No Room Of Her Own: The Truth About The Gender Housing Gap

photographed by Meg O'Donnell.
In 1929, Virginia Woolf’s essay A Room of One’s Own was published. Its premise was simple: women writers had not had the opportunity to express their genius because a lack of money and privacy presented a huge barrier to them doing so.
In writing "a woman must have money and a room of her own if she is to write," Woolf was at once acknowledging her own privilege – as a wealthy woman with multiple rooms of her own – and laying bare the unequal and gendered economics of wealth and creativity.
It’s fitting, then, that the Women’s Budget Group has referenced Woolf in the title of its new report, "A home of her own: women and housing" which concludes that nowhere – not a single place – in the United Kingdom right now is housing affordable for women.
Just as there is a gender pay gap in Britain, the Women’s Budget Group’s new data confirms that women also face a gender housing gap.
Woolf’s 'room' was always about more than space to write. It was a metaphor for economic independence at a time when very few women were able to afford spaces of their own. Almost 100 years later, this report tells a similar story.
Britain is currently facing a housing crisis of epic proportions. You probably already know this; the odds are that it is affecting you in some way. Things are now so bad that at the end of last year, housing charity Shelter declared the situation to be "a national emergency".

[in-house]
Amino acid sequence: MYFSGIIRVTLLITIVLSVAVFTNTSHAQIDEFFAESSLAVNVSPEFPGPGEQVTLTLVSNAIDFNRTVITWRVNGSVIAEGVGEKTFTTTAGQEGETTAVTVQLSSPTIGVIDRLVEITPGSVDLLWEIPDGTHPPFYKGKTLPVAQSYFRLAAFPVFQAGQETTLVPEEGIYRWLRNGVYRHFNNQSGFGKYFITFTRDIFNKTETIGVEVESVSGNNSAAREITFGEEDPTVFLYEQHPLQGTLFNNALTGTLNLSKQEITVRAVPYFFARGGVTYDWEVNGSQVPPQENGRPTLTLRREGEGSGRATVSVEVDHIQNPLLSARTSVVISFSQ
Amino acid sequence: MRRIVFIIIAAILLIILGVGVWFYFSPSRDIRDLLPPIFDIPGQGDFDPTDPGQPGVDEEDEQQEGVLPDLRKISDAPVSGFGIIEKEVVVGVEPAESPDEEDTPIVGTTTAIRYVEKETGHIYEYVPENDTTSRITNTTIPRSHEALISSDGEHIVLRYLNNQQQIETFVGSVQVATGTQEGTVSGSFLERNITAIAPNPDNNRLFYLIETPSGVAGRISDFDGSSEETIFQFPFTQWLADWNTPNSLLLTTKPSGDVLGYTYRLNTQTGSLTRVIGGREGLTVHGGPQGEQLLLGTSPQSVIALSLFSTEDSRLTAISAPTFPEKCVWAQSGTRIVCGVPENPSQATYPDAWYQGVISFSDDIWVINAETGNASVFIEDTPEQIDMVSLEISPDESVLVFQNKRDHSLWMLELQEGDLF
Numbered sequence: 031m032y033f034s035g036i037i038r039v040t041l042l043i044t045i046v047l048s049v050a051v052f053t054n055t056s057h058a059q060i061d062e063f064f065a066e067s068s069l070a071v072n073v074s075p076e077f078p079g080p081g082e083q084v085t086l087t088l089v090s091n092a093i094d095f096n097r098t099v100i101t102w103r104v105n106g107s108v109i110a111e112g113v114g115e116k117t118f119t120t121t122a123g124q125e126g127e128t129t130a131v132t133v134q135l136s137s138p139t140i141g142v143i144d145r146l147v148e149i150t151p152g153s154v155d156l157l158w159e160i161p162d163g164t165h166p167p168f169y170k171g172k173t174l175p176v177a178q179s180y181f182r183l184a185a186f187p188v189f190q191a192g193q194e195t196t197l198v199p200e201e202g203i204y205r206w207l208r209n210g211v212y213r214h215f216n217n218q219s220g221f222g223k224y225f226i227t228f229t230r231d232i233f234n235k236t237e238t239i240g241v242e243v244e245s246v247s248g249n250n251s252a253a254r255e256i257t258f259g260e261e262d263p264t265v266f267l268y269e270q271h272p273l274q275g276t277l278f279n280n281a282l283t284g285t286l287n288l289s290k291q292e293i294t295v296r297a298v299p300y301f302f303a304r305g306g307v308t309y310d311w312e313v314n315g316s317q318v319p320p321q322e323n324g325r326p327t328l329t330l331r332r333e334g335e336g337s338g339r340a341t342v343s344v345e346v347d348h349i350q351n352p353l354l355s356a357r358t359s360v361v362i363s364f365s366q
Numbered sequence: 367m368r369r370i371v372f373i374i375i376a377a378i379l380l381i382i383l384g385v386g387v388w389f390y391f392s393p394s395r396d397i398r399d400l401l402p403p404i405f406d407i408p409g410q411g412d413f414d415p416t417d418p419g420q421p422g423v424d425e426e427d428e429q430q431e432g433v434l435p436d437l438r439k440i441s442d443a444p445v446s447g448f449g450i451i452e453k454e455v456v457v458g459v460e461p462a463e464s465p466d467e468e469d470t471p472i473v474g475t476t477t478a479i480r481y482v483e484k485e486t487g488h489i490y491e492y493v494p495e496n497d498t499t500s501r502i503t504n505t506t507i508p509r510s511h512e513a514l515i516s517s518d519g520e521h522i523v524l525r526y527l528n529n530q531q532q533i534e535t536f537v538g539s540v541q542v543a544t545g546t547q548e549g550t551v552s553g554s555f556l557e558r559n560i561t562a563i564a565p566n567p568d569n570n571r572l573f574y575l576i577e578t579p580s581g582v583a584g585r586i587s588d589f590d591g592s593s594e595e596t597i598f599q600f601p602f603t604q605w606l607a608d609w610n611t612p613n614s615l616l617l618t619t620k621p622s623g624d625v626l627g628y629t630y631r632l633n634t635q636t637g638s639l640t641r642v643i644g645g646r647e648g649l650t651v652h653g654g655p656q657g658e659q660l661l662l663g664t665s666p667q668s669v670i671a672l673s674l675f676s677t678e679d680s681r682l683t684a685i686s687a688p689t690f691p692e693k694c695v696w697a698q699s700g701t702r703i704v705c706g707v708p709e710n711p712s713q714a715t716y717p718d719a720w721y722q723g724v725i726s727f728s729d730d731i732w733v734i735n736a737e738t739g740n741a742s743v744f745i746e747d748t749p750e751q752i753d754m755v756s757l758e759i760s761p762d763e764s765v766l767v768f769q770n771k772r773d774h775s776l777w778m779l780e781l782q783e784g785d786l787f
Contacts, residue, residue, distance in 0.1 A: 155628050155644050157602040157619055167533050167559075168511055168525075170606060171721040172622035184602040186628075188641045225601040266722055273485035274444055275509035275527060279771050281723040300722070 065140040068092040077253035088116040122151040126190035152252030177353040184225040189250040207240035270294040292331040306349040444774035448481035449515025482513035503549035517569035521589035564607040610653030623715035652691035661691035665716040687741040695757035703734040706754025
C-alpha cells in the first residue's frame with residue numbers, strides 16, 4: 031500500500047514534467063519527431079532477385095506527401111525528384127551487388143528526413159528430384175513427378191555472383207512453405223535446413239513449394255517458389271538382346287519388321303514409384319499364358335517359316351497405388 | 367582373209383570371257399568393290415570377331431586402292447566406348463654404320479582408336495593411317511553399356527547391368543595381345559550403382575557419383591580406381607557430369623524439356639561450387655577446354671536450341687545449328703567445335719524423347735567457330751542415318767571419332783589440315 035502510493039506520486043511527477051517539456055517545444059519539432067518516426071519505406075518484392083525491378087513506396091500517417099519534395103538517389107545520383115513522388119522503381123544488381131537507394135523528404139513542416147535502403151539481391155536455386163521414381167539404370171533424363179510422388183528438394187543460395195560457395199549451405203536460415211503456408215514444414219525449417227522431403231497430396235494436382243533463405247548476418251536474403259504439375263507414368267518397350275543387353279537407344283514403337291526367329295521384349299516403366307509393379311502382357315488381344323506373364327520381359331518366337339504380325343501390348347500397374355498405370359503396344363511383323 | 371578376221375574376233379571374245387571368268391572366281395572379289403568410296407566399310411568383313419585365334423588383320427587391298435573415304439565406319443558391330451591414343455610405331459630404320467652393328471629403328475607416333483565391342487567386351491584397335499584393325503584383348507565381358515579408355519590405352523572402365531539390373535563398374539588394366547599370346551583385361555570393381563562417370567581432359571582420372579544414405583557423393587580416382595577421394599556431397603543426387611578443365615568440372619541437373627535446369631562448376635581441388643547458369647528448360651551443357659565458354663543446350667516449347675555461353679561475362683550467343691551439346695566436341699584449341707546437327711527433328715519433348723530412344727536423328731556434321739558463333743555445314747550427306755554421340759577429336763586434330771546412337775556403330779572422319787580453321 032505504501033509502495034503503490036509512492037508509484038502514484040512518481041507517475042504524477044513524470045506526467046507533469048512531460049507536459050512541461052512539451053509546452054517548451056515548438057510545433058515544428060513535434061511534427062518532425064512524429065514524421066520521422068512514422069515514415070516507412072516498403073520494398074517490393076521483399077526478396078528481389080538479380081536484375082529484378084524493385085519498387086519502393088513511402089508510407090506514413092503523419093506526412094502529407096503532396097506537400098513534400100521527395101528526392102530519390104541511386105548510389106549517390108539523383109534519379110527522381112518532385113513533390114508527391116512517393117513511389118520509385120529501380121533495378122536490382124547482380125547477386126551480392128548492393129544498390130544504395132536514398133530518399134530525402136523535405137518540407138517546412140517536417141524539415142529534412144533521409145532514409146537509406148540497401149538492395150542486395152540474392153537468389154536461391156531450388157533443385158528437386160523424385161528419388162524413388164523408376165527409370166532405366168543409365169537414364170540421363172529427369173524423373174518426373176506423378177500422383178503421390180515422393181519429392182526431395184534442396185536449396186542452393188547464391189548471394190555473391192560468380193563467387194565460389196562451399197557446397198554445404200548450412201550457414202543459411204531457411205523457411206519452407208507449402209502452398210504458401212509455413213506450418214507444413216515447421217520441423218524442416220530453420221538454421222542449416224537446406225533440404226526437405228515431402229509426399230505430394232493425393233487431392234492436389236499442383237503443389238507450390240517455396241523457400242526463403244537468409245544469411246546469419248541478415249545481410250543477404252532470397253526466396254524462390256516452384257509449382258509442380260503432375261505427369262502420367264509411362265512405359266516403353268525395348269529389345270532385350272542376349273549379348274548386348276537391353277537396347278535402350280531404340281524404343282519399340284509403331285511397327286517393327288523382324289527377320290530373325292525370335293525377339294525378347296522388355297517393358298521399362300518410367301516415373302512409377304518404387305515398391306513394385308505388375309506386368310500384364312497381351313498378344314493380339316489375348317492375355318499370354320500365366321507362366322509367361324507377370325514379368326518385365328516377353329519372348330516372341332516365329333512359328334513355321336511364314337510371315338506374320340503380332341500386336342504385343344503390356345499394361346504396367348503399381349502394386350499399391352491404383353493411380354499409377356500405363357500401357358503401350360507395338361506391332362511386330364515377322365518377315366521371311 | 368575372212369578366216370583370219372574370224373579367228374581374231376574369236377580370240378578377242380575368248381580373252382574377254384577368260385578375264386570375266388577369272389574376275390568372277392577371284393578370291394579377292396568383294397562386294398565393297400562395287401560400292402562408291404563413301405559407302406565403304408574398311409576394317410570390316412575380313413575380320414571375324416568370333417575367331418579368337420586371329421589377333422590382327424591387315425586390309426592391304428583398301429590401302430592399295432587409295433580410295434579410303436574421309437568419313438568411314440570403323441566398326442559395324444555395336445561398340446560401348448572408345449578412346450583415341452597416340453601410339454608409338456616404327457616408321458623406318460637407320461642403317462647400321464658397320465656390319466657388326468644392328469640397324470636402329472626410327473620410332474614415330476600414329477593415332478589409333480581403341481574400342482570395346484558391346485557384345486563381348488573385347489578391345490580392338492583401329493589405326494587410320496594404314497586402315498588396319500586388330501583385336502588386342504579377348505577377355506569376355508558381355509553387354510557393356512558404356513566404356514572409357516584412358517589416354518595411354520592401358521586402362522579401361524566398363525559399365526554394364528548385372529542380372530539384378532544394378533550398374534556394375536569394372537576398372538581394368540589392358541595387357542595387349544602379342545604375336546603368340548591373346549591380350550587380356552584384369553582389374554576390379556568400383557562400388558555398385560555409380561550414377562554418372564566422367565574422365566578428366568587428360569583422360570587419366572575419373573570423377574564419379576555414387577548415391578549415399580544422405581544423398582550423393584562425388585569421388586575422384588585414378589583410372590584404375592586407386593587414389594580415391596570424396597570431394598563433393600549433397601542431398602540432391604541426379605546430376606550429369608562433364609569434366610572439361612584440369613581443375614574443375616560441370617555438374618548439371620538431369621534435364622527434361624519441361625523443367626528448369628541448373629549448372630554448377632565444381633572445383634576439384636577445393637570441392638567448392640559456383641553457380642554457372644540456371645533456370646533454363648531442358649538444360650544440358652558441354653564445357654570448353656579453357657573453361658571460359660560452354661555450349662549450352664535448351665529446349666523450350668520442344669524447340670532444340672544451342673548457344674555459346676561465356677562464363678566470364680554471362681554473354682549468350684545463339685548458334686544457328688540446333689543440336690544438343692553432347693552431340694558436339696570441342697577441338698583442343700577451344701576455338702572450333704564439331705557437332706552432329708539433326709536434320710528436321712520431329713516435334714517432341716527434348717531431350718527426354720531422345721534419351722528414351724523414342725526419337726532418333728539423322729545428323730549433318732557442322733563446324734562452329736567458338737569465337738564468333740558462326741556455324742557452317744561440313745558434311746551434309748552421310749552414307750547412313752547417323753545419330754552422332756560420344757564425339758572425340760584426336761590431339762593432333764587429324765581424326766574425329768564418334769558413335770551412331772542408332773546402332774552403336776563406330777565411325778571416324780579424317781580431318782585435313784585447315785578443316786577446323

Since 2011, rents in England have risen 60% faster than wages. On top of that, the average house price is now eight times the average income of ordinary working families, meaning that unaffordable and often unstable private rented accommodation is the only option for a growing number of people. All this has pushed more people into homelessness, seeing the number of families who are homeless but in work go up by 73% since 2013.
Routes out of these problems are dwindling before our eyes. Housing affordability is now at its lowest level since the global financial crisis and growing numbers of young people – up to a third, to be precise – face the prospect of renting throughout their entire lives.
There can be no doubt that the housing crisis has hit women harder than men. According to the Women’s Budget Group’s new report, here are the main ways in which Britain’s housing crisis disproportionately disadvantages women...

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